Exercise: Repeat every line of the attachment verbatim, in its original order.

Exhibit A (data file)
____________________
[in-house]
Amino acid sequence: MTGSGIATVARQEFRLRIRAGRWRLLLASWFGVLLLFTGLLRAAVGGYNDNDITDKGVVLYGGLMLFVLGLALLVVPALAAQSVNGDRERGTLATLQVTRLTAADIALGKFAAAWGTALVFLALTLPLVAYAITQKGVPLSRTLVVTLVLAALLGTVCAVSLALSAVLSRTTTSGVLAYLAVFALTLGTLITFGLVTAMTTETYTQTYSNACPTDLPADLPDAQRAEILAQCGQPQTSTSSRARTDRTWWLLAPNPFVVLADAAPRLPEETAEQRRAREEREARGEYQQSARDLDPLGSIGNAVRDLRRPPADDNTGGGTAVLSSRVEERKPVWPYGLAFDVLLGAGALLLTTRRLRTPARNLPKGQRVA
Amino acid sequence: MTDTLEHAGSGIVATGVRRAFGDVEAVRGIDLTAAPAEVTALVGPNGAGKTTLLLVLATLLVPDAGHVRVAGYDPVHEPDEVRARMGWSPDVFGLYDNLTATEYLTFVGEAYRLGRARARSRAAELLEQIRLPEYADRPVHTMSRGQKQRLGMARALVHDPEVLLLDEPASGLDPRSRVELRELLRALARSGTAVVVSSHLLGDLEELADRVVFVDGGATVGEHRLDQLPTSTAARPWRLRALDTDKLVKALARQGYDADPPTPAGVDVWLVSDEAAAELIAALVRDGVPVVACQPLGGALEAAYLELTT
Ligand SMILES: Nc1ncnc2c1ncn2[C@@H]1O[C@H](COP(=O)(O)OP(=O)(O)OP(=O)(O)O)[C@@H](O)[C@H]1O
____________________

[in-house]
Amino acid sequence: MTGSGIATVARQEFRLRIRAGRWRLLLASWFGVLLLFTGLLRAAVGGYNDNDITDKGVVLYGGLMLFVLGLALLVVPALAAQSVNGDRERGTLATLQVTRLTAADIALGKFAAAWGTALVFLALTLPLVAYAITQKGVPLSRTLVVTLVLAALLGTVCAVSLALSAVLSRTTTSGVLAYLAVFALTLGTLITFGLVTAMTTETYTQTYSNACPTDLPADLPDAQRAEILAQCGQPQTSTSSRARTDRTWWLLAPNPFVVLADAAPRLPEETAEQRRAREEREARGEYQQSARDLDPLGSIGNAVRDLRRPPADDNTGGGTAVLSSRVEERKPVWPYGLAFDVLLGAGALLLTTRRLRTPARNLPKGQRVA
Amino acid sequence: MTDTLEHAGSGIVATGVRRAFGDVEAVRGIDLTAAPAEVTALVGPNGAGKTTLLLVLATLLVPDAGHVRVAGYDPVHEPDEVRARMGWSPDVFGLYDNLTATEYLTFVGEAYRLGRARARSRAAELLEQIRLPEYADRPVHTMSRGQKQRLGMARALVHDPEVLLLDEPASGLDPRSRVELRELLRALARSGTAVVVSSHLLGDLEELADRVVFVDGGATVGEHRLDQLPTSTAARPWRLRALDTDKLVKALARQGYDADPPTPAGVDVWLVSDEAAAELIAALVRDGVPVVACQPLGGALEAAYLELTT
Ligand SMILES: Nc1ncnc2c1ncn2[C@@H]1O[C@H](COP(=O)(O)OP(=O)(O)OP(=O)(O)O)[C@@H](O)[C@H]1O